Renée DiResta, Class of 2017: Raising awareness about the spread of misinformation online
Renée DiResta is a leading expert on the effects of misinformation. She works with policymakers to devise responses to the spread of harmful narratives across social networks. Renée regularly writes and speaks about the role that tech platforms and algorithms play in the spread of misinformation and conspiracy theories.
This year, Renée has helped raise awareness about the harmful narratives surrounding topics like the safety and effectiveness of the COVID-19 vaccine, and the 2020 presidential election.
Dr. Pritesh Ghandi, Class of 2018: On the frontlines of COVID-19 care and prevention
On the frontlines of the country’s response to COVID-19 are our doctors and essential workers. Dr. Pritesh Ghandi remained steadfast in his commitment to care for the East Austin community. Throughout his career, he’s focused on community-based, poverty-reduction initiatives, and social determinants of health – all areas that were underscored by the impact of the pandemic.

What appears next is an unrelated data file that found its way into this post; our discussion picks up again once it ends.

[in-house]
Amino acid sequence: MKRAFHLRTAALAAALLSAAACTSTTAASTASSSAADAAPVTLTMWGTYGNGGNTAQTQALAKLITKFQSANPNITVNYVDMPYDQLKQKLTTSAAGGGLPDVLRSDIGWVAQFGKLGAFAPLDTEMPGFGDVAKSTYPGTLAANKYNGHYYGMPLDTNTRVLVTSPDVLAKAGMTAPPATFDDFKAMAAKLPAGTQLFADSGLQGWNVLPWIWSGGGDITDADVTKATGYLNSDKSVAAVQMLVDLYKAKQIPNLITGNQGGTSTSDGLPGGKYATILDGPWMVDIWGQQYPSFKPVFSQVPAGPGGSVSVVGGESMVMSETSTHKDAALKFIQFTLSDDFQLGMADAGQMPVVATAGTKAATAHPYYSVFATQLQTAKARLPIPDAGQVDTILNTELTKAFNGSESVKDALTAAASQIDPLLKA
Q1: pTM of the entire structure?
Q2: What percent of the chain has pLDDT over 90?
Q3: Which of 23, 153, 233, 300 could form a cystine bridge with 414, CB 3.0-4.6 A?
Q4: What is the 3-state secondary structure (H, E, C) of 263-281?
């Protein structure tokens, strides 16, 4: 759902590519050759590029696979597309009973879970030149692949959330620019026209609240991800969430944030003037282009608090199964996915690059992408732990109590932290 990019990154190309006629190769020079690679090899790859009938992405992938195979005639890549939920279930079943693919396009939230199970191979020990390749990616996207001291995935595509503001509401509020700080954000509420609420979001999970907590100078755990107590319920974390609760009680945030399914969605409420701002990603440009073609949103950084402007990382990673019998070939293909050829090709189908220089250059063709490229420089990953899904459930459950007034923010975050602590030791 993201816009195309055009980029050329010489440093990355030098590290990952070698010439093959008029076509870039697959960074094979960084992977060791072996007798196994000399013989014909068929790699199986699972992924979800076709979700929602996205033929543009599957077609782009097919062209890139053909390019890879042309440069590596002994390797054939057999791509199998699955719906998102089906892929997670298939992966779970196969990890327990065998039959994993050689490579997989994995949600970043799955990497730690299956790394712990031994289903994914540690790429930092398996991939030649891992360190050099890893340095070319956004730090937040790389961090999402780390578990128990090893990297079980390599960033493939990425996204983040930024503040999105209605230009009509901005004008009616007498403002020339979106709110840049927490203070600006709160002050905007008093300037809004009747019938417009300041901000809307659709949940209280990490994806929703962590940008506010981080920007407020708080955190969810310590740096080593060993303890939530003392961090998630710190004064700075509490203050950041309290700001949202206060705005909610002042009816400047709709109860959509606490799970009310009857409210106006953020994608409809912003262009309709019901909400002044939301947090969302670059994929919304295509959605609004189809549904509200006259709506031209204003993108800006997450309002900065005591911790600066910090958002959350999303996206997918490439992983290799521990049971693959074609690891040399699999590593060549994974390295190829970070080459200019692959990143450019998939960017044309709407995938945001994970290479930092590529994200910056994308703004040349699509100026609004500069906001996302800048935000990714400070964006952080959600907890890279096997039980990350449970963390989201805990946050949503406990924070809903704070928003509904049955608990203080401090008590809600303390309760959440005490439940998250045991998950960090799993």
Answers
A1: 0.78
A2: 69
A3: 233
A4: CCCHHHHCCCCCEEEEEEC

The care and compassion that he displays as a doctor carried over in his run for election to the U.S. House to represent Texas’ 10th Congressional District.
Vivian Greentree, Class of 2019: Leadership with an eye towards inclusion
Vivian Greentree is a Navy veteran and the current senior vice president and head of Global Corporate Citizenship at Fiserv, a financial technology company. She leads the diversity and inclusion efforts at the company, working closely its veterans, women, Black, Latino, and LGBTQ members. When the COVID-19 threatened the security of small businesses, with a disproportionate impact on minority- and black-owned businesses, Vivian and the Fiserv team mobilized to provide grants to those at risk. She also ensured that Fiserv’s employees felt supported by soliciting their feedback and encouraging constant communication between associates.
Nona Jones, Class of 2016: Supporting faith leaders during a time of great uncertainty
As Facebook’s Head of Global Faith-Based Partnerships, Nona Jones helps faith leaders around the world leverage technology to grow their communities online. As many churches began virtual service because of enforced social distancing, Nona helped to launch the Faith on Facebook Resource Hub, a toolkit for faith leaders to connect with their communities during the pandemic.
This year, Nona began the “Faith and Prejudice” initiative, an effort to confront and eliminate racism in churches and throughout their communities. She organized this movement shortly after the killing of George Floyd to help heal the racial divide in the country.
Russ Kavalhuna, Class of 2016: Sending Michigan’s essential workers to college